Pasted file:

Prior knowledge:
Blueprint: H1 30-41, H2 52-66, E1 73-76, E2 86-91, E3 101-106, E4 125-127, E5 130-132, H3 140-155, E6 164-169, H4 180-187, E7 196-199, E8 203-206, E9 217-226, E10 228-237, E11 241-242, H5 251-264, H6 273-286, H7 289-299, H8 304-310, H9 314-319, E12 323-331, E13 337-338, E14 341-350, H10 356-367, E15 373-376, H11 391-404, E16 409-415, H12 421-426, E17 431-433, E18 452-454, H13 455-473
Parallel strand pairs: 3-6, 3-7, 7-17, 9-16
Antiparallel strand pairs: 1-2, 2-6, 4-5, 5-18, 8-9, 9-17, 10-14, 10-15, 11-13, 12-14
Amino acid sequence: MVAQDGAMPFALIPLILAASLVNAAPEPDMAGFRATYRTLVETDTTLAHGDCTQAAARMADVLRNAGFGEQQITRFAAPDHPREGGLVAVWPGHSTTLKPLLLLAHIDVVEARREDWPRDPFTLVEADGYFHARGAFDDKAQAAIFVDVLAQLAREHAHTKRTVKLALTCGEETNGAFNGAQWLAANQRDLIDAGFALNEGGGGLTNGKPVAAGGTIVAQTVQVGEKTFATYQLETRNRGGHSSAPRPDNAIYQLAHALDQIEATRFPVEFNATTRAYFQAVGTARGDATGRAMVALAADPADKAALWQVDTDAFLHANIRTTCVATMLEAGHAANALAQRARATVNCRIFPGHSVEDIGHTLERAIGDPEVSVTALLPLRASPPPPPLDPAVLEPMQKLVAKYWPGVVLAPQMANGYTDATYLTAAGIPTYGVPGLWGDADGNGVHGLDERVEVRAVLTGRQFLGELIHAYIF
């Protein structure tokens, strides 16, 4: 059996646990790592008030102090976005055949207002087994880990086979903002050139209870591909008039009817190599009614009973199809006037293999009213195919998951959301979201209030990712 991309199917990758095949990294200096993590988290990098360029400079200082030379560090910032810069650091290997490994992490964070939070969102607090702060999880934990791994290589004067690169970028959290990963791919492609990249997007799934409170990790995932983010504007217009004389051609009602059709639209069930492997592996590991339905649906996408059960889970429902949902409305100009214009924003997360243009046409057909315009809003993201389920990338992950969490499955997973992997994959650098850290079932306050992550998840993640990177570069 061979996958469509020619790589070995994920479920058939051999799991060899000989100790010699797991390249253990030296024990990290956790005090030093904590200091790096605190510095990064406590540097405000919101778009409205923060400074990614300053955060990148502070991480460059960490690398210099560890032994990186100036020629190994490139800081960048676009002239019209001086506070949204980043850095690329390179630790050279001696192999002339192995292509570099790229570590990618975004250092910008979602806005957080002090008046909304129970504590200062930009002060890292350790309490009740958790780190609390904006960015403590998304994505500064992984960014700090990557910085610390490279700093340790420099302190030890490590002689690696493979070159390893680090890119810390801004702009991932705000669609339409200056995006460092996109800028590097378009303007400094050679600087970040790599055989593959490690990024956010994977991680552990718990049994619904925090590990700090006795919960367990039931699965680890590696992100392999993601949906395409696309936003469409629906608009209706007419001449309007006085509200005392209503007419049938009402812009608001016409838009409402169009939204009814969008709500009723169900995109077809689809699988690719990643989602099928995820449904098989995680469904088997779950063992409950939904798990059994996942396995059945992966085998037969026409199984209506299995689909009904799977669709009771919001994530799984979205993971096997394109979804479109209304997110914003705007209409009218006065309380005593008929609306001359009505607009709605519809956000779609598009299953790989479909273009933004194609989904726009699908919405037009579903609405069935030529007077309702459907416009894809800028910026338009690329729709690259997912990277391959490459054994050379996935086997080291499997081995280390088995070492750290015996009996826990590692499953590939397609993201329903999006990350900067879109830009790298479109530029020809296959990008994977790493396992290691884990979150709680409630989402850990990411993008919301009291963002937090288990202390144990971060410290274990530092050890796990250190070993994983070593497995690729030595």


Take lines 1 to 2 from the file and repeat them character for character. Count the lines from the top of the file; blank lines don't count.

Prior knowledge:
Blueprint: H1 30-41, H2 52-66, E1 73-76, E2 86-91, E3 101-106, E4 125-127, E5 130-132, H3 140-155, E6 164-169, H4 180-187, E7 196-199, E8 203-206, E9 217-226, E10 228-237, E11 241-242, H5 251-264, H6 273-286, H7 289-299, H8 304-310, H9 314-319, E12 323-331, E13 337-338, E14 341-350, H10 356-367, E15 373-376, H11 391-404, E16 409-415, H12 421-426, E17 431-433, E18 452-454, H13 455-473